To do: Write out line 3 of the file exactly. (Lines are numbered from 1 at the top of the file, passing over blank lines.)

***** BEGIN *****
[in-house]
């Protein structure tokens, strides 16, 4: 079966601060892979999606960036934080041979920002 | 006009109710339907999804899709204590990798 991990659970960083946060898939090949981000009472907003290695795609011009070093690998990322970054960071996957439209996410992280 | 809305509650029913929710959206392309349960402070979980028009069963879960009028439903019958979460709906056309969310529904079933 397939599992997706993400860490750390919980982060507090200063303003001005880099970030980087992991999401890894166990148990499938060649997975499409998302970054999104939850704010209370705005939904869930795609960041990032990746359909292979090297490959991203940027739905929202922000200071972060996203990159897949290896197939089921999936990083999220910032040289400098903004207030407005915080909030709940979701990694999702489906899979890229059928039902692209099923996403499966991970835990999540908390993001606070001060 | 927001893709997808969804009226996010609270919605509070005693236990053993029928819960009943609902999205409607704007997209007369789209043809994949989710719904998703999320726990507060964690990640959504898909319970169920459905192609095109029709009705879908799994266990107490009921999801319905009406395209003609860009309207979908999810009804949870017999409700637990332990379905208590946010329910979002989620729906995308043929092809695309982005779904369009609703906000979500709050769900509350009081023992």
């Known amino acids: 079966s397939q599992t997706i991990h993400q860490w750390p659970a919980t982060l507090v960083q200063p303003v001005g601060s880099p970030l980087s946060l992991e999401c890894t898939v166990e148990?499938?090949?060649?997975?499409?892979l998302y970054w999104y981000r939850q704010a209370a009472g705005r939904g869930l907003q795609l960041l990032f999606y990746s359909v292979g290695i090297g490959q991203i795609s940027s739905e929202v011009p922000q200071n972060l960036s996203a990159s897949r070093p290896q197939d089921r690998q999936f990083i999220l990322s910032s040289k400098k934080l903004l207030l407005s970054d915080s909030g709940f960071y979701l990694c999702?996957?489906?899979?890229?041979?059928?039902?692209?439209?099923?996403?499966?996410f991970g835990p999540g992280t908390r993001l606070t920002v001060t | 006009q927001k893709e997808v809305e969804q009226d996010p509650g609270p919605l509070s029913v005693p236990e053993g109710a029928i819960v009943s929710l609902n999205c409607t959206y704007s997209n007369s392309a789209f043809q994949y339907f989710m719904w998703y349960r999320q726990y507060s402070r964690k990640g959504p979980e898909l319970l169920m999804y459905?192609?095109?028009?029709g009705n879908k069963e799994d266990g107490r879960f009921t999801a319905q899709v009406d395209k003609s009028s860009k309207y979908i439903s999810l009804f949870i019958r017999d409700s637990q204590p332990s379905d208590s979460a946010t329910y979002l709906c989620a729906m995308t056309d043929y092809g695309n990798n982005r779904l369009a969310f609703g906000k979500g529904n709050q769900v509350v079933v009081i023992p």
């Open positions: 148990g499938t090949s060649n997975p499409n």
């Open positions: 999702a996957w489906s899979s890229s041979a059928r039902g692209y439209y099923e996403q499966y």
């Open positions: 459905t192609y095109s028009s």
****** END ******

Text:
């Known amino acids: 079966s397939q599992t997706i991990h993400q860490w750390p659970a919980t982060l507090v960083q200063p303003v001005g601060s880099p970030l980087s946060l992991e999401c890894t898939v166990e148990?499938?090949?060649?997975?499409?892979l998302y970054w999104y981000r939850q704010a209370a009472g705005r939904g869930l907003q795609l960041l990032f999606y990746s359909v292979g290695i090297g490959q991203i795609s940027s739905e929202v011009p922000q200071n972060l960036s996203a990159s897949r070093p290896q197939d089921r690998q999936f990083i999220l990322s910032s040289k400098k934080l903004l207030l407005s970054d915080s909030g709940f960071y979701l990694c999702?996957?489906?899979?890229?041979?059928?039902?692209?439209?099923?996403?499966?996410f991970g835990p999540g992280t908390r993001l606070t920002v001060t | 006009q927001k893709e997808v809305e969804q009226d996010p509650g609270p919605l509070s029913v005693p236990e053993g109710a029928i819960v009943s929710l609902n999205c409607t959206y704007s997209n007369s392309a789209f043809q994949y339907f989710m719904w998703y349960r999320q726990y507060s402070r964690k990640g959504p979980e898909l319970l169920m999804y459905?192609?095109?028009?029709g009705n879908k069963e799994d266990g107490r879960f009921t999801a319905q899709v009406d395209k003609s009028s860009k309207y979908i439903s999810l009804f949870i019958r017999d409700s637990q204590p332990s379905d208590s979460a946010t329910y979002l709906c989620a729906m995308t056309d043929y092809g695309n990798n982005r779904l369009a969310f609703g906000k979500g529904n709050q769900v509350v079933v009081i023992p």